Caryll Ann Ekelund
The Blue Bird is a bizarre film. It was released in 1940 starring
Shirley Temple. It's sort of an It's a Wonderful Life, meets The Wizard of Oz meets A Christmas Carol. It was unsuccessful because Shurl played a beastly little child - and
people didn't like it. She lied, she bullied, she stole... fabulous.
There are killer trees, fairies and a cat that tries
to kill them (well, it's not all fictional). This film is apparently 20th
Century Fox's answer to MGM's The Wizard of Oz complete with the
black and white/color transition, and a large part of the plot being a dream sequence - and many many more
My Pal Mark Langlois flagged this story for us:
In Shirley Temple's autobiography Child
Star, she makes a passing mention about the "unfortunate" young actress who was "burned to death" during
the shooting of The Bluebird." Upon further exploring, Mark came
across a page dedicated to glamorous
starlets. You see, Caryll had a sister that grew up to be the actress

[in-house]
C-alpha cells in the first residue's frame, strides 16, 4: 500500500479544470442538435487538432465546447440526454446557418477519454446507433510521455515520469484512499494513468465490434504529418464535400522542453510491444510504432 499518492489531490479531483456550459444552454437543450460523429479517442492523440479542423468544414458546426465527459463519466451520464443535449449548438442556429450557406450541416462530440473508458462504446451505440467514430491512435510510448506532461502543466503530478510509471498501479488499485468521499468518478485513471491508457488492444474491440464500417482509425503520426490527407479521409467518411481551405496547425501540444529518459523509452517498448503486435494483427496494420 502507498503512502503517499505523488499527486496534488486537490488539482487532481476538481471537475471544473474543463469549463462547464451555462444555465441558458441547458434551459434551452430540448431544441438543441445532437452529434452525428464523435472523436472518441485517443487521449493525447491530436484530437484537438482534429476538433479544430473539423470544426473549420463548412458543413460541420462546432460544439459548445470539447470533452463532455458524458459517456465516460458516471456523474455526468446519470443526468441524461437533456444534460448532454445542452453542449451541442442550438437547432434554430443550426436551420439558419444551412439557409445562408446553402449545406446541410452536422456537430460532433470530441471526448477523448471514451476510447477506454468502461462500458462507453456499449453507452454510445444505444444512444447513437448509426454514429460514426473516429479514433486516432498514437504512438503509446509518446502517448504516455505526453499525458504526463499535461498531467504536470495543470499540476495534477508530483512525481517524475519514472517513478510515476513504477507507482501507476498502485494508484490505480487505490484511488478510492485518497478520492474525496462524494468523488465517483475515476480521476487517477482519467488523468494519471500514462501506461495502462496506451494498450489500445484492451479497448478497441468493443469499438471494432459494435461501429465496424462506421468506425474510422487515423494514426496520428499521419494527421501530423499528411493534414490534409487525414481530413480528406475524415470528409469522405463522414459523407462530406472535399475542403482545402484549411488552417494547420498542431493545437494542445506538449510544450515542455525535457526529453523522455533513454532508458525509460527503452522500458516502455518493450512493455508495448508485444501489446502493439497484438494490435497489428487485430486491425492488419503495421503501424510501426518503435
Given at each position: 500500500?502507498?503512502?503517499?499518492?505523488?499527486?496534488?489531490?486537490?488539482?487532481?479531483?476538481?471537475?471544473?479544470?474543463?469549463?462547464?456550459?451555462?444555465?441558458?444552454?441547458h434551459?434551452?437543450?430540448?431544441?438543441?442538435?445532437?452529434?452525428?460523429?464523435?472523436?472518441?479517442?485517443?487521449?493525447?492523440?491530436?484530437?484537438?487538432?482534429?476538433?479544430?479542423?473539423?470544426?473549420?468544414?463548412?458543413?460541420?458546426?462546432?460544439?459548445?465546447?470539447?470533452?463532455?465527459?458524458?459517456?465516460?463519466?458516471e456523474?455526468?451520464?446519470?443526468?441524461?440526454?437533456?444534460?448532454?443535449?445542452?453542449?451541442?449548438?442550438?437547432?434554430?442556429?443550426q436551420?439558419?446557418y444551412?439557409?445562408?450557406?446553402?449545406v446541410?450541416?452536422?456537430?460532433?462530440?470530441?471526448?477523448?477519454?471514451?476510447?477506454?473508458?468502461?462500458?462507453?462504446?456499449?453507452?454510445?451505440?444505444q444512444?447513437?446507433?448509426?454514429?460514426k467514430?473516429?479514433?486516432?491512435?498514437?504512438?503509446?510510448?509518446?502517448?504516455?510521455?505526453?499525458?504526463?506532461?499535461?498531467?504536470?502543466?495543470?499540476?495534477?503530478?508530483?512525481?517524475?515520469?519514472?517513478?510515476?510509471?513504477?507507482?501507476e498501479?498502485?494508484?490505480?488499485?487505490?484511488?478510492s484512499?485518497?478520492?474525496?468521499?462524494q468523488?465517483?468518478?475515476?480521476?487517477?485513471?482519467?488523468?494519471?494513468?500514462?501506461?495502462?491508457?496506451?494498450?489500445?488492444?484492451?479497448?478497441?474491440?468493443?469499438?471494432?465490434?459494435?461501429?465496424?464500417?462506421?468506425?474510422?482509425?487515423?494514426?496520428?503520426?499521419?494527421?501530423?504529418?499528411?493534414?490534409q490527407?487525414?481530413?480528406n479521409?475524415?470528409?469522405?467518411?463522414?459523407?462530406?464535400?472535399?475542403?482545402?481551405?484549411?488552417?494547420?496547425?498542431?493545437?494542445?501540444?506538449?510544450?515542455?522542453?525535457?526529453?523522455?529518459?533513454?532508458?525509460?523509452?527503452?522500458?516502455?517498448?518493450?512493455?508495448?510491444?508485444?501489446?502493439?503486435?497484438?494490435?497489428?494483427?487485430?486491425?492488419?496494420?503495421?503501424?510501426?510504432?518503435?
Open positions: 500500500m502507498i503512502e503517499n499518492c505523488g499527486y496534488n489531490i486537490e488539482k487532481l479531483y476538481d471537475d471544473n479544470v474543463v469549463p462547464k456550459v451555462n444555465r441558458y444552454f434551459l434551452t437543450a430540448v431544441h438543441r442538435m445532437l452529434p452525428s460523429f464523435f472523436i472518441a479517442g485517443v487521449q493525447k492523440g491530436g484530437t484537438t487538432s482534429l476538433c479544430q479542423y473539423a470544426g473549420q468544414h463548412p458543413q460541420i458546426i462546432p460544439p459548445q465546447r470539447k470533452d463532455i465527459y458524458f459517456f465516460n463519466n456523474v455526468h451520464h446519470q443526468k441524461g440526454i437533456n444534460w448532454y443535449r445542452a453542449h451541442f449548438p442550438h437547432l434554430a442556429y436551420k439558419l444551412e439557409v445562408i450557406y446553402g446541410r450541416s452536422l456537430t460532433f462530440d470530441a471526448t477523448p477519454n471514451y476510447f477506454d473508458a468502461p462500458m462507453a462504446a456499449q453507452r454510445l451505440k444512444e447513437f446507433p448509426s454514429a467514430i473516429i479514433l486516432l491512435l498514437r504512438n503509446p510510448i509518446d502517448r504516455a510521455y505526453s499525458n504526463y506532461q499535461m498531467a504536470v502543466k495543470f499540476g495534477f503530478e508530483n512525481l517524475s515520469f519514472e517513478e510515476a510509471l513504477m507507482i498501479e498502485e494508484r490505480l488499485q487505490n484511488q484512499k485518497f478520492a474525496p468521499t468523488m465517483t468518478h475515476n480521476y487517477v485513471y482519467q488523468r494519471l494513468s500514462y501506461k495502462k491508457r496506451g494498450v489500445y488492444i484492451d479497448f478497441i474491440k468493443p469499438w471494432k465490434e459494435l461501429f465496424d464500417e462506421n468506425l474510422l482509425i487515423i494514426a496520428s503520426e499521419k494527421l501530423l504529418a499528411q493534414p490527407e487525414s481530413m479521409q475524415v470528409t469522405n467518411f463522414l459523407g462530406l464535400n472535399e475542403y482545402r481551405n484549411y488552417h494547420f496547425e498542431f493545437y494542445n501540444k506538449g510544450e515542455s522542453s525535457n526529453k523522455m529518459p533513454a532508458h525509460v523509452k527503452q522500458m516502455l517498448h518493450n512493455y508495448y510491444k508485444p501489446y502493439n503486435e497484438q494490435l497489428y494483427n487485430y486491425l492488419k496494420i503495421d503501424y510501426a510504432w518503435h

Jana Lund. This page had important details about poor Caryll.
I contacted my pal Joe Walker who then amazingly
found an actual article that mentions Caryll. The piece actually focused
on Halloween rambunctious ness of various LA communities including 200 Beverly
Hills boys and girls that had a mad tomato and watermelon throwing spree.
Various effigies were burned around town, and the soap business went up from the
little dickens soaping windows. Those were the days, eh? Now they're
dodging bullets. Especially in Caryll's neighborhood.
A very tiny mention at the article Joe found,
"Emergency hospitals were kept busy with calls from mothers whose
overzealous pixies got fingers burned from jack o' lanterns. Most serious
was the case of Carol Ann Ekeland, 4, treated at Georgia Street Receiving
Hospital for first and second-degree burns received when her costume caught fire
from her lantern in front of her home."
This is the home where it happened. She died on November 3, 1939 at the now gone Georgia
Street Receiving Hospital.
Caryll was buried at Forest Lawn Glendale.
Her little casket was carried up a very steep hill by her five older brothers. A
graveside quartet sang Caryll's favorite song, Somewhere Over the Rainbow.
Her burial shroud is the toga she wore
in The Blue Bird.
Mark adds, "The tragedy happened 25 years before those
Ben Cooper "flame retardant" plastic
costumes were all the rage in America."
Some of those costumes are downright weird
as hell. Thanks Kathleen.